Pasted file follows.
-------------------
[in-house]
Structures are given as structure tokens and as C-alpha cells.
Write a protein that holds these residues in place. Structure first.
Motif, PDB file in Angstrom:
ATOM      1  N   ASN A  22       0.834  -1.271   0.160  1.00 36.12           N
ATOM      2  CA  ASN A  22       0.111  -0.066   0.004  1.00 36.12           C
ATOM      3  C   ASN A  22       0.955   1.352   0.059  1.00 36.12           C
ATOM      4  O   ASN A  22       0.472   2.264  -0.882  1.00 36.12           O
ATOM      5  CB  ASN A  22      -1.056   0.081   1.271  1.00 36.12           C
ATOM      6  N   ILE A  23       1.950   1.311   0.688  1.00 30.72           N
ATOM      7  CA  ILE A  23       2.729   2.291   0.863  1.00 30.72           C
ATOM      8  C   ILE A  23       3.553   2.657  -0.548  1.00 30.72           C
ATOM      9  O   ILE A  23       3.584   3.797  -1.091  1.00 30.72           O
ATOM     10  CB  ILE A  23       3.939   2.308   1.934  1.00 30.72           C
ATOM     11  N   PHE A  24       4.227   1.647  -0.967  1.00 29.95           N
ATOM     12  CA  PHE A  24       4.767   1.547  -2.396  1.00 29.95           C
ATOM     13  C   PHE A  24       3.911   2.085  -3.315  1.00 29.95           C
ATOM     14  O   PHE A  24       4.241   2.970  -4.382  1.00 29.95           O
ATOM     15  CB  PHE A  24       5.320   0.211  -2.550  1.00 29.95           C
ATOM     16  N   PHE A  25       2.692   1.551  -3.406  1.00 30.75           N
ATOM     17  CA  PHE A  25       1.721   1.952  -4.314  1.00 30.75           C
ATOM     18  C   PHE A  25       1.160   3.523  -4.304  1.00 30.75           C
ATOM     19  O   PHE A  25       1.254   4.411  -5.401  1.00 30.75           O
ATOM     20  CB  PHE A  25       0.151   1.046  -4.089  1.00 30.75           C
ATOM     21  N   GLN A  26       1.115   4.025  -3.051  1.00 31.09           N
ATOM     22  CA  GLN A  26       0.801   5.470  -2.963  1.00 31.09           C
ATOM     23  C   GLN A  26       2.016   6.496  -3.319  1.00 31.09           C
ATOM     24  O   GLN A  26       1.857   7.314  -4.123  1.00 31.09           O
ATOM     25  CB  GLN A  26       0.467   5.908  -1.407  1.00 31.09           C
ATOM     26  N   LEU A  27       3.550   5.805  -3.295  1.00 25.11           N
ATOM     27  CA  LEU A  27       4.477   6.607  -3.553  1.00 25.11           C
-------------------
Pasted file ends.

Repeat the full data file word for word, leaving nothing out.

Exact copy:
[in-house]
Structures are given as structure tokens and as C-alpha cells.
Write a protein that holds these residues in place. Structure first.
Motif, PDB file in Angstrom:
ATOM      1  N   ASN A  22       0.834  -1.271   0.160  1.00 36.12           N
ATOM      2  CA  ASN A  22       0.111  -0.066   0.004  1.00 36.12           C
ATOM      3  C   ASN A  22       0.955   1.352   0.059  1.00 36.12           C
ATOM      4  O   ASN A  22       0.472   2.264  -0.882  1.00 36.12           O
ATOM      5  CB  ASN A  22      -1.056   0.081   1.271  1.00 36.12           C
ATOM      6  N   ILE A  23       1.950   1.311   0.688  1.00 30.72           N
ATOM      7  CA  ILE A  23       2.729   2.291   0.863  1.00 30.72           C
ATOM      8  C   ILE A  23       3.553   2.657  -0.548  1.00 30.72           C
ATOM      9  O   ILE A  23       3.584   3.797  -1.091  1.00 30.72           O
ATOM     10  CB  ILE A  23       3.939   2.308   1.934  1.00 30.72           C
ATOM     11  N   PHE A  24       4.227   1.647  -0.967  1.00 29.95           N
ATOM     12  CA  PHE A  24       4.767   1.547  -2.396  1.00 29.95           C
ATOM     13  C   PHE A  24       3.911   2.085  -3.315  1.00 29.95           C
ATOM     14  O   PHE A  24       4.241   2.970  -4.382  1.00 29.95           O
ATOM     15  CB  PHE A  24       5.320   0.211  -2.550  1.00 29.95           C
ATOM     16  N   PHE A  25       2.692   1.551  -3.406  1.00 30.75           N
ATOM     17  CA  PHE A  25       1.721   1.952  -4.314  1.00 30.75           C
ATOM     18  C   PHE A  25       1.160   3.523  -4.304  1.00 30.75           C
ATOM     19  O   PHE A  25       1.254   4.411  -5.401  1.00 30.75           O
ATOM     20  CB  PHE A  25       0.151   1.046  -4.089  1.00 30.75           C
ATOM     21  N   GLN A  26       1.115   4.025  -3.051  1.00 31.09           N
ATOM     22  CA  GLN A  26       0.801   5.470  -2.963  1.00 31.09           C
ATOM     23  C   GLN A  26       2.016   6.496  -3.319  1.00 31.09           C
ATOM     24  O   GLN A  26       1.857   7.314  -4.123  1.00 31.09           O
ATOM     25  CB  GLN A  26       0.467   5.908  -1.407  1.00 31.09           C
ATOM     26  N   LEU A  27       3.550   5.805  -3.295  1.00 25.11           N
ATOM     27  CA  LEU A  27       4.477   6.607  -3.553  1.00 25.11           C